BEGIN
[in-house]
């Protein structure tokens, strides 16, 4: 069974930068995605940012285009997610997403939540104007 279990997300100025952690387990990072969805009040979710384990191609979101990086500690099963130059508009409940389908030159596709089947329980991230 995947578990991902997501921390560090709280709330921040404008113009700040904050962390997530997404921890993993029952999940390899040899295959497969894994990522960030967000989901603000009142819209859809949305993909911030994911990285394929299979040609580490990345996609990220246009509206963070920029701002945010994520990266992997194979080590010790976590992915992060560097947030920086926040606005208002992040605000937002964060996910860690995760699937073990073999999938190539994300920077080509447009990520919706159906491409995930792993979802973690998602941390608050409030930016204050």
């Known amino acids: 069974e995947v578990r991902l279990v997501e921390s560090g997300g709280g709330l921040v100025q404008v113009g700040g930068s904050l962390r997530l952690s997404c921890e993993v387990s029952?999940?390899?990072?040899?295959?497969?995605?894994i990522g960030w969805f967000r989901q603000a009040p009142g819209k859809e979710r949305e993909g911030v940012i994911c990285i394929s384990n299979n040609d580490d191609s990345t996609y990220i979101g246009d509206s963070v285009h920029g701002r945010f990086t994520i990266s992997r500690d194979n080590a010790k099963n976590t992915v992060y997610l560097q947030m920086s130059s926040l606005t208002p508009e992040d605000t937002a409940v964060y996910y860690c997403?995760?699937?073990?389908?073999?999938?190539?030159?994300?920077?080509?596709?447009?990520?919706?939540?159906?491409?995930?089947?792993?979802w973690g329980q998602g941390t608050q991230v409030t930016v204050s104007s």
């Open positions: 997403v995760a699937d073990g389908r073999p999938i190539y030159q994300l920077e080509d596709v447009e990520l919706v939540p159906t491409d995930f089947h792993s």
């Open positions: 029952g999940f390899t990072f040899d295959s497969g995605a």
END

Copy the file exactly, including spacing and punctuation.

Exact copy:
[in-house]
């Protein structure tokens, strides 16, 4: 069974930068995605940012285009997610997403939540104007 279990997300100025952690387990990072969805009040979710384990191609979101990086500690099963130059508009409940389908030159596709089947329980991230 995947578990991902997501921390560090709280709330921040404008113009700040904050962390997530997404921890993993029952999940390899040899295959497969894994990522960030967000989901603000009142819209859809949305993909911030994911990285394929299979040609580490990345996609990220246009509206963070920029701002945010994520990266992997194979080590010790976590992915992060560097947030920086926040606005208002992040605000937002964060996910860690995760699937073990073999999938190539994300920077080509447009990520919706159906491409995930792993979802973690998602941390608050409030930016204050």
């Known amino acids: 069974e995947v578990r991902l279990v997501e921390s560090g997300g709280g709330l921040v100025q404008v113009g700040g930068s904050l962390r997530l952690s997404c921890e993993v387990s029952?999940?390899?990072?040899?295959?497969?995605?894994i990522g960030w969805f967000r989901q603000a009040p009142g819209k859809e979710r949305e993909g911030v940012i994911c990285i394929s384990n299979n040609d580490d191609s990345t996609y990220i979101g246009d509206s963070v285009h920029g701002r945010f990086t994520i990266s992997r500690d194979n080590a010790k099963n976590t992915v992060y997610l560097q947030m920086s130059s926040l606005t208002p508009e992040d605000t937002a409940v964060y996910y860690c997403?995760?699937?073990?389908?073999?999938?190539?030159?994300?920077?080509?596709?447009?990520?919706?939540?159906?491409?995930?089947?792993?979802w973690g329980q998602g941390t608050q991230v409030t930016v204050s104007s």
């Open positions: 997403v995760a699937d073990g389908r073999p999938i190539y030159q994300l920077e080509d596709v447009e990520l919706v939540p159906t491409d995930f089947h792993s």
């Open positions: 029952g999940f390899t990072f040899d295959s497969g995605a």